Preschooler Lying – June 2016

Q: My 3-year-old daughter has been telling lies lately. Outlandish ones and small ones, often for no apparent reason. My husband and I disagree on how to handle it, but both are afraid of this behavior getting worse if we don’t curb it. Suggestions?
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A: It’s understandable to feel confused or even concerned about this new behavior in your generally honest-to-a-fault preschooler, but rest assured that lying at this age is normal. Although “lying” suggests manipulation, and oftentimes it’s more innocent than that.

Let’s talk about actual lying first. Kids typically learn to lie between ages two and four, and it’s considered a milestone because it shows they have learned that their mind is separate from other people’s minds. True lying requires higher order thinking, like anticipating consequences, organizing information, and guessing at what the other person is thinking and feeling. It involves independence, perspective taking, and emotional control – major players in good social skills, which is why some experts suggest that failing to figure out when and how to lie well can lead to problems later in life. Preschoolers sometimes lie to avoid getting into trouble or to get something they want, but if they do it’s a pretty simple lie and they generally give themselves away if there’s further questioning.

So how should you handle it when your preschooler lies?

  • Don’t set traps. If you know she ate a cookie, don’t ask her if she did so you can try to catch her lying. That doesn’t build trust.
  • As much as possible stay calm about small infractions. Real lies happen because the child fears the consequences. The more our child trust us to still love them and think well of them when they’ve done wrong, and to not hurt them physically or emotionally, the more they will tell us the truth. So getting mad about small things increases the chance that a child will choose to lie next time to avoid your anger and the consequences that go along with it (shame, loss of a toy, etc.).
  • State what you know to be true matter-of-factly (“I see you ate a cookie”) and remind her of the rules (“We eat cookies for dessert, not snack.”).
  • Engage her in a compassionate discussion about why she did it and what to do next time (“If you’re hungry, tell me and I’ll get you a snack.” “If you’re excited about the cookies we baked earlier, draw a picture of you eating one and we can talk about how great it’ll be to have one for dessert.”). If it’s an onerous task she’s lying about (washing hands), empathize with her and help her make it more fun (sing a silly hand-washing song). Teach her to use her brain for identifying a problem, expressing it, and problem-solving rather than for lying.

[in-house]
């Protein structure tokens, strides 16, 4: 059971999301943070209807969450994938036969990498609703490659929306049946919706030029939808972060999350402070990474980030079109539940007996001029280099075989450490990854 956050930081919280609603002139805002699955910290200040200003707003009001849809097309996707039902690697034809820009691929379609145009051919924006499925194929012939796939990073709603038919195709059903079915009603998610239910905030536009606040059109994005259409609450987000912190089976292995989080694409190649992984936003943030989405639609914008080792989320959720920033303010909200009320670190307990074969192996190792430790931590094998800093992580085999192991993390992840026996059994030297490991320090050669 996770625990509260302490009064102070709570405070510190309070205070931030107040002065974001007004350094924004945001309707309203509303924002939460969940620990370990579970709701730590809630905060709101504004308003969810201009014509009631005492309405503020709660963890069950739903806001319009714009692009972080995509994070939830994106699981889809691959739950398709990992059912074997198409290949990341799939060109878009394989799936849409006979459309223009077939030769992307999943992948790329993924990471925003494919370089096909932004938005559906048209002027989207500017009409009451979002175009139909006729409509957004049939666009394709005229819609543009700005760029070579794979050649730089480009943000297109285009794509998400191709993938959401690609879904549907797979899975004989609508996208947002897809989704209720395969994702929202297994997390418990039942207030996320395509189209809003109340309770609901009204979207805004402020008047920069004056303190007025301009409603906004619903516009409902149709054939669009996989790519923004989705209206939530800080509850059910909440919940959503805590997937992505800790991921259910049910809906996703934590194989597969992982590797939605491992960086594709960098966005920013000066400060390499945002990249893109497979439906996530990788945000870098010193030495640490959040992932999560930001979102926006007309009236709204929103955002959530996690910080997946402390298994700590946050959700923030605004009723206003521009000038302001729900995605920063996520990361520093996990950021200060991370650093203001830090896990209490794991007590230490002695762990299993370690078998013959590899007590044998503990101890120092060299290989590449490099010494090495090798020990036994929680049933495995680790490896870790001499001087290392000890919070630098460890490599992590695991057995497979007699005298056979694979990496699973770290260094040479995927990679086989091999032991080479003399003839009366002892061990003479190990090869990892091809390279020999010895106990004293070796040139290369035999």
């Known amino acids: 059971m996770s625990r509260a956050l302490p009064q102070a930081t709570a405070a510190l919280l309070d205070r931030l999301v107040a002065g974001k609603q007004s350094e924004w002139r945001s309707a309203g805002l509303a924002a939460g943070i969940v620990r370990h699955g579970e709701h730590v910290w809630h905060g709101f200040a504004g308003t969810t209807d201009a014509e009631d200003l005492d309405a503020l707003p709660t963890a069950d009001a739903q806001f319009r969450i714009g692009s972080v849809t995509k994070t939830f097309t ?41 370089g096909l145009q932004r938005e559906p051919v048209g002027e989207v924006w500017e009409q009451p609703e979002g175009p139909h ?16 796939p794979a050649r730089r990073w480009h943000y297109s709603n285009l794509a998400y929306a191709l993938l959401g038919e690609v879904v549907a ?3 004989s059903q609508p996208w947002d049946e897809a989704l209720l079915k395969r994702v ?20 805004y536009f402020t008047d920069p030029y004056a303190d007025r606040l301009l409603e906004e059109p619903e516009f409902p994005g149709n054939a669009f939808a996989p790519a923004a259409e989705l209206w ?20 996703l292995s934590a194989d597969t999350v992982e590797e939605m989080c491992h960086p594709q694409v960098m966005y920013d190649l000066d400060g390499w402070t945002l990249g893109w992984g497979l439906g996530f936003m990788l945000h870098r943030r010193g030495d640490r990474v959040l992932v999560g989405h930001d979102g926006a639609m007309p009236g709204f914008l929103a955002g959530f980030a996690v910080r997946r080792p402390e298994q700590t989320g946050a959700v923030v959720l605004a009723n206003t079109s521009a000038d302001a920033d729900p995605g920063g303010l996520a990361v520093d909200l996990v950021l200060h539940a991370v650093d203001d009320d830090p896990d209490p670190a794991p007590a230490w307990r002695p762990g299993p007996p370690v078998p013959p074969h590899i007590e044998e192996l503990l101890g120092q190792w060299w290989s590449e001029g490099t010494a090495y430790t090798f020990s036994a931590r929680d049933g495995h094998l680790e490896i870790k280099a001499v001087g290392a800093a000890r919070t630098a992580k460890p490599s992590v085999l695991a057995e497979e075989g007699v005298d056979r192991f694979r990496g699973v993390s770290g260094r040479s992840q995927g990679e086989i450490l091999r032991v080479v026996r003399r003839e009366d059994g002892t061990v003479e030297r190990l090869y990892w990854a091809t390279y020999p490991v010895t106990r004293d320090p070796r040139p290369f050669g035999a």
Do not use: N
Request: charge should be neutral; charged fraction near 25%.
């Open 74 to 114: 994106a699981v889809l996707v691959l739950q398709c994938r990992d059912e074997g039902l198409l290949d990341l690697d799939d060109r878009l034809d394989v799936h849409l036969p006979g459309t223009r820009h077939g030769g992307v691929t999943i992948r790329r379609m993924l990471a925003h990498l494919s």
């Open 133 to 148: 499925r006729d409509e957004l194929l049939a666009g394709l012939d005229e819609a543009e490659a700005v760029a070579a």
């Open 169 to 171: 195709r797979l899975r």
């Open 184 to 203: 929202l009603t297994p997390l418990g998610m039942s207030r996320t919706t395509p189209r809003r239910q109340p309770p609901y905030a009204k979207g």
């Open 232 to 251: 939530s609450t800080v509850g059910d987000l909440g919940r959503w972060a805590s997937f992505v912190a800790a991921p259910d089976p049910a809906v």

Now for other non-truths. The preschool set have minds that are still struggling to distinguish between imagination and reality, and they figure it out by exploring the boundary there. Sometimes they explore it out loud and in your presence, and due to their limited verbal abilities it sounds like a lie. They might be enjoying a fantasy (“I saw a fairy on the playground today”) or imagining success (after seeing an older child tie a shoe they tell you that they tied their own shoe). They might be using it as a way to protect themselves when they feel overwhelmed (“I saved my brother when he fell off his bike” after seeing her older brother wipe out).

Here’s how to handle non-truths:

  • Do nothing.

Research shows that allowing your preschooler to exist in this flexible place between fact and fiction helps them figure it out at their own natural pace, develop trust in you, and strengthen self-esteem. So play along with a fantasy (“A fairy! Wow. What did she look like?”), and help her dream of success without praising her for it (“Tying your own shoes is a very handy thing to be able to do.”). When you can tell she’s using fantasy protectively, acknowledge what she felt (“That must have been scary seeing your brother fall off his bike”), or wished she felt given her fantasy (of saving him – “You must have felt so relieved.”). It’s okay to let these non-truths go at this tender age – you’ll have plenty of opportunity to address real lying in the coming years since kids only get better and better at it. Stay tuned for this in a future post!